Sunday, April 21, 2013

SARSAS Summary of Minimum Water Flow on the Auburn Ravine Studies


    The Auburn Ravine is a unique river when compared to other small waterways that feed the Feather River and Sacramento Rivers. Many western Sierra streams are ephemeral at present and in past history. While the Auburn Ravine was mistakenly classified as ephemeral historically, that classification was based upon faulty assumptions. In reality the Auburn Ravine was fed year round by any number of springs that existed historically. Some of those springs have since been destroyed by man, but some are still in existence. There were no less than five strong springs above Old Town Auburn, at least two smaller springs on the branch that follows Auburn Ravine Road in Auburn, three or more springs that feed the North Ravine, beginning just south of Atwood Road near the Placer County County Jail. Immediately downstream of Ophir Tunnel, two unnamed springs feed year round streams that currently flow into the Ravine as observed by Jack Sanchez, who was born and grew up in that exact location. On the Sanchez property, one or more springs feed what is known to the locals as Myrtle Creek just east of the Lozanos Bridge, crossing Sunset Lane in Ophir. Immediately downstream of Lozanos Bridge, Little Bridge Ravine, fed by multiple springs, one fork of which flows through Ophir Elementary School and the other fork through the grove of alders known to locals as Jiminy Crickets. One or more springs feed Dutch Ravine, running parallel to Highway 193, and joining Auburn Ravine downstream of Gold Hill Road. Two or more springs empty into the Auburn Ravine between Gold Hill Road and Fowler Road, downstream from the Rabe property on Stonewood Road. There are also some smaller springs that exist today between the Fowler Road and the City of Lincoln.

    The accumulation of these springs very likely placed a flow from between four and six cfs in the stream throughout the summer months and into the Fall. It is quite possible that the stream was ephemeral somewhere in the Lincoln area although there were numerous wetland ponds that survived the summer located west of Lincoln. It is abundantly clear that the Auburn Ravine from somewhere downstream of Fowler road east to the City of Auburn flowed year round.

    Clearly, that makes Auburn Ravine a unique stream as compared to hundreds of small streams that feed the Sacramento and Feather Rivers.

    Beginning mid-century during the Gold Rush, the Auburn Ravine began carrying irrigation water from Auburn to the Sacramento River. Thus, the Auburn Ravine began a significant change which allowed the river to contain steelhead and various seasonal salmon runs. It is unclear whether or not there were Spring Run Salmon within its banks, but Fall and Winter Run Chinook were observed through 1987 and up to1992 in one location 2.3 miles east of Gold Hill Road. The period 1987 to present is significant as man-made barriers were put in place and had a very negative impact upon Salmon populations within the Auburn Ravine. That said, at least 25 salmon were spotted below the NID Gauging Station in Lincoln as late as 2010.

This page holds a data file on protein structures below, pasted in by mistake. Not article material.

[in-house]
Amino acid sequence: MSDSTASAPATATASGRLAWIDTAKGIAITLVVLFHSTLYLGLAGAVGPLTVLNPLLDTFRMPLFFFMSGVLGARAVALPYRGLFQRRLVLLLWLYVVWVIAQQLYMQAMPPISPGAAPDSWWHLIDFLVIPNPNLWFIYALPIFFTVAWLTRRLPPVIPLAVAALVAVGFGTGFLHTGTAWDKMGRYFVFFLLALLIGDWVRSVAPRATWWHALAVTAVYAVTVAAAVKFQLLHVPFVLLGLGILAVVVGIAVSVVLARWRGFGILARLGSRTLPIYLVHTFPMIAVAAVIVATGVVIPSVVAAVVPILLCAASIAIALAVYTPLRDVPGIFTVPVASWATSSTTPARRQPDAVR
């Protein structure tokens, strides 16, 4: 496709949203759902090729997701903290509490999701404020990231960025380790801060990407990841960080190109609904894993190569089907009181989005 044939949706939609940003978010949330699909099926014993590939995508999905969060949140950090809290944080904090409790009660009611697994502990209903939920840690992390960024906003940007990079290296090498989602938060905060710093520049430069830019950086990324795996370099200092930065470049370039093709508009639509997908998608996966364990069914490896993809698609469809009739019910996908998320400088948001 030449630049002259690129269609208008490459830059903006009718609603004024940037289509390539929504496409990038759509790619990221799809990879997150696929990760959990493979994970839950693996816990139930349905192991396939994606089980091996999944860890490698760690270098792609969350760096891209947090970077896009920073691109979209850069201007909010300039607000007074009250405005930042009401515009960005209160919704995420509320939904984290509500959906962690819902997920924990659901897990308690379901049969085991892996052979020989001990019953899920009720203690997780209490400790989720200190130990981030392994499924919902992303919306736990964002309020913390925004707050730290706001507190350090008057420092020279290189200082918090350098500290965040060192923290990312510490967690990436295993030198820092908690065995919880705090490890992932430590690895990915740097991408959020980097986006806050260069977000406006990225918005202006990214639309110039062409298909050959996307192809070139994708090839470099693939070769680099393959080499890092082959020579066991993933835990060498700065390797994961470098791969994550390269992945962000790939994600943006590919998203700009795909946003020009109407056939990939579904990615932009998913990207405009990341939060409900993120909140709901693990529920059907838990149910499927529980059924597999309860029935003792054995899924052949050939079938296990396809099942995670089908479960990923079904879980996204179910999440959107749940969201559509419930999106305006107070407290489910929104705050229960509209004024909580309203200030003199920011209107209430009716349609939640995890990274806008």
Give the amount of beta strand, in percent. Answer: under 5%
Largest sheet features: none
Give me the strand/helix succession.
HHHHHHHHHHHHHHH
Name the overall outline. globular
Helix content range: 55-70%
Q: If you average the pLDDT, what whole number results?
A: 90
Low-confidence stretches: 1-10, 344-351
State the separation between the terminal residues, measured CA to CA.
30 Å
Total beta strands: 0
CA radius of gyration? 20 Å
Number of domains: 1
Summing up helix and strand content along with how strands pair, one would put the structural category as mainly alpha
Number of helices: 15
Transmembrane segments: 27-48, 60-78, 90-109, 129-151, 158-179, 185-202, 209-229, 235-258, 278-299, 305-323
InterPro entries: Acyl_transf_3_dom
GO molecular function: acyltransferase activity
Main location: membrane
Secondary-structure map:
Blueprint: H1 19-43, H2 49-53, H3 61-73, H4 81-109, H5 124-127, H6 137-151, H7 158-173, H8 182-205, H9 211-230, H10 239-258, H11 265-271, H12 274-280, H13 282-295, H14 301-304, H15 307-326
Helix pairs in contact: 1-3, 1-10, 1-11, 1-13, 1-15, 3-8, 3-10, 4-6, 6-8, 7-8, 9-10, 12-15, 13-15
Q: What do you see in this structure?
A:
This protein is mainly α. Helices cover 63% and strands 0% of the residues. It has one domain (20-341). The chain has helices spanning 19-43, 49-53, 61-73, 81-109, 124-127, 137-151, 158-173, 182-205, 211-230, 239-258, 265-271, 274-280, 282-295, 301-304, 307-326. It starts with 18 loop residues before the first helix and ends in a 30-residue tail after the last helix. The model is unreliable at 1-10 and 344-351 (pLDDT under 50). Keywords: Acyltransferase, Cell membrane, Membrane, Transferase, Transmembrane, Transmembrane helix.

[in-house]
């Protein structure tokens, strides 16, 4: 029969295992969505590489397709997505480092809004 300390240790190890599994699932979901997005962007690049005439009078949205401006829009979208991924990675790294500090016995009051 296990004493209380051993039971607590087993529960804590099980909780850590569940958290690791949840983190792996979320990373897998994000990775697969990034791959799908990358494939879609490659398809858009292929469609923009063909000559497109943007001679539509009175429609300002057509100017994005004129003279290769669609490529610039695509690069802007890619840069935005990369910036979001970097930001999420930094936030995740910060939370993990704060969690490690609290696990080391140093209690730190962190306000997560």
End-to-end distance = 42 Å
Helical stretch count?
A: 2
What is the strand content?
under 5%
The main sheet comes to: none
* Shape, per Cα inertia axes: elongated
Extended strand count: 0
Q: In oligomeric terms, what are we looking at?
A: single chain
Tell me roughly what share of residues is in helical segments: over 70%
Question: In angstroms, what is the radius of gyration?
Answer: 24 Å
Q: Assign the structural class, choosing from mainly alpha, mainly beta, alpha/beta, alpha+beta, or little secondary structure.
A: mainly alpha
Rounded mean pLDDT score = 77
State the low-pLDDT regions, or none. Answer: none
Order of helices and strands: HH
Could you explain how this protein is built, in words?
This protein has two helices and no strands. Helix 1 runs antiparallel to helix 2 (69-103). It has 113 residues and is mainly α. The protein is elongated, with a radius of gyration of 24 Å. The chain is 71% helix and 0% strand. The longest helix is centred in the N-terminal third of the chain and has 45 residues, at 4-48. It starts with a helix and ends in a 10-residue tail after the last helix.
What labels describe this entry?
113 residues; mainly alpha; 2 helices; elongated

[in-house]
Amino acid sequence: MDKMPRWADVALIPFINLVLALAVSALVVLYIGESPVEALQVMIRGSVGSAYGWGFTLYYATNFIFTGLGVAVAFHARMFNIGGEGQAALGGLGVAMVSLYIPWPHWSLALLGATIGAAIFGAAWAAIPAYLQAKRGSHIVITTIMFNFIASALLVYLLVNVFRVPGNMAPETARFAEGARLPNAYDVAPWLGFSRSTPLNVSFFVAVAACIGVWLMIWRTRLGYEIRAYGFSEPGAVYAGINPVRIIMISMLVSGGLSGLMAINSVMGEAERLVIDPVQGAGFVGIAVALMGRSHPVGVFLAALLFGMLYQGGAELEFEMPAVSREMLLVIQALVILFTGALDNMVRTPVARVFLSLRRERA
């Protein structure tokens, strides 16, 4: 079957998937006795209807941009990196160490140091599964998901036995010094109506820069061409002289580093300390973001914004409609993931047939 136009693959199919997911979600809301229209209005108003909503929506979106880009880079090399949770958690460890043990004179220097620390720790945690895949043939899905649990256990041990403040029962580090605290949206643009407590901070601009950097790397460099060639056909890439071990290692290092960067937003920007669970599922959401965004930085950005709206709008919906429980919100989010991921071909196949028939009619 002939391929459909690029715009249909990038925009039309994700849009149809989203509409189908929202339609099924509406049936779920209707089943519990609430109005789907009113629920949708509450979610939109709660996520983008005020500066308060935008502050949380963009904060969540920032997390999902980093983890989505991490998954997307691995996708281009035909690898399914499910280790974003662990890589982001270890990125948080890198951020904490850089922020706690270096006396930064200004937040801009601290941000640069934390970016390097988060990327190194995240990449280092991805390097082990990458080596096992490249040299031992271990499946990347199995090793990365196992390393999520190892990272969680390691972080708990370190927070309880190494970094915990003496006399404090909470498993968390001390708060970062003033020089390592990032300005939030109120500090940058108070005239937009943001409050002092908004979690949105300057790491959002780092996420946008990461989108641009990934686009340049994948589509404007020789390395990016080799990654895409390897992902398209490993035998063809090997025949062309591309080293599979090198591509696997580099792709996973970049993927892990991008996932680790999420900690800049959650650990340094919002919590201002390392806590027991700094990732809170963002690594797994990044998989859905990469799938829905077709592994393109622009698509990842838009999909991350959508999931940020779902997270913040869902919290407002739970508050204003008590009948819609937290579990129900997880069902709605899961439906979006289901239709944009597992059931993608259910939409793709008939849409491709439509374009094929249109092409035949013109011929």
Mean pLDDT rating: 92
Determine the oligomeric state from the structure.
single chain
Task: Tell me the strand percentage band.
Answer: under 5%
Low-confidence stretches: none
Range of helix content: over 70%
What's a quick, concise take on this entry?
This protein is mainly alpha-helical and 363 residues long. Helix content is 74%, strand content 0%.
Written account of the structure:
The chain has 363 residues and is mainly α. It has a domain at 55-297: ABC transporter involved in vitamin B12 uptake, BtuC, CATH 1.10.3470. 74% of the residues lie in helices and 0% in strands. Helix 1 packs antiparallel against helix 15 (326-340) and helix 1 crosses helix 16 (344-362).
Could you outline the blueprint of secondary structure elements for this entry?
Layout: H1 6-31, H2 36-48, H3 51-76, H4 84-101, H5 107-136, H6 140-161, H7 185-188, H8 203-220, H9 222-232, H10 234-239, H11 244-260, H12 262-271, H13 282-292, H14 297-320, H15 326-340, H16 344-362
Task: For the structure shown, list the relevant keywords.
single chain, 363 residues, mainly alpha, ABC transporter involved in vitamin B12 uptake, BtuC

There is every reason to believe that Salmon and Steelhead will return in significant numbers as the various barriers are removed and the significant canals are screened.
    Minimum flows, however, must be maintained in order to protect the habitat. SARSAS has studied and observed the various flows within the Ravine and has data demonstrating the need to maintain minimum flows no lower than 10 cfs and preferably between 12 to 20 cfs.


    First, it is important to understand that no government agency or water district has done more day to day observations and in-stream studies than SARSAS. Also, SARSAS strives to make sure that their studies adhere to good scientific standards. SARSAS has done the following studies: in stream flow rates, temperature measurement, dissolved oxygen levels and ph measurements.


    1. From approximately April 1 through October 15th (during the irrigation season) the daily flow in the Auburn Ravine ranges from a low of 50 cfs to a high of 250 cfs. The typical flow during these months is between 175 cfs and 250 cfs

    2. During PGE’s Fall Outage to repair canals, the lowest flow recorded by SARSAS was 1.5 cfs in both 2010 and 2011. Those measurements were taken west of the NID Auburn Ravine 1, known locally as the Gold Hill Dam. In some of the riverbed just west of the Gold Hill Dam, stretches of the river were actually dry with large numbers of fish stranded in deep pools causing SARSAS to rescue countless stranded fishes. Flows in the Auburn Ravine east of the Gold Hill dam were better with estimated flows of between seven and 10 cfs. Flow measurements were not done at that time east of Gold Hill dam.
    Measured flows of between 12 and 20 cfs clearly maintain good rifles and deep pools creating significant havens for larger as well as smaller fishes.

    3. Water Temperature
    During the irrigation season SARSAS has not measured an in-stream temperature above 60 degrees Fahrenheit east of Fowler Road. Water temperatures west of Lincoln do exceed 60 degrees and clearly there is evidence of fewer trout and more warm water
    species west of Highway 65. It should be noted that SARSAS perceives habitat west of Joiner Bridge in Lincoln as weak habitat for salmon, rainbow trout and steelhead. SARSAS sees this stretch of river as a highway to spawning grounds east of Highway 193 in Lincoln.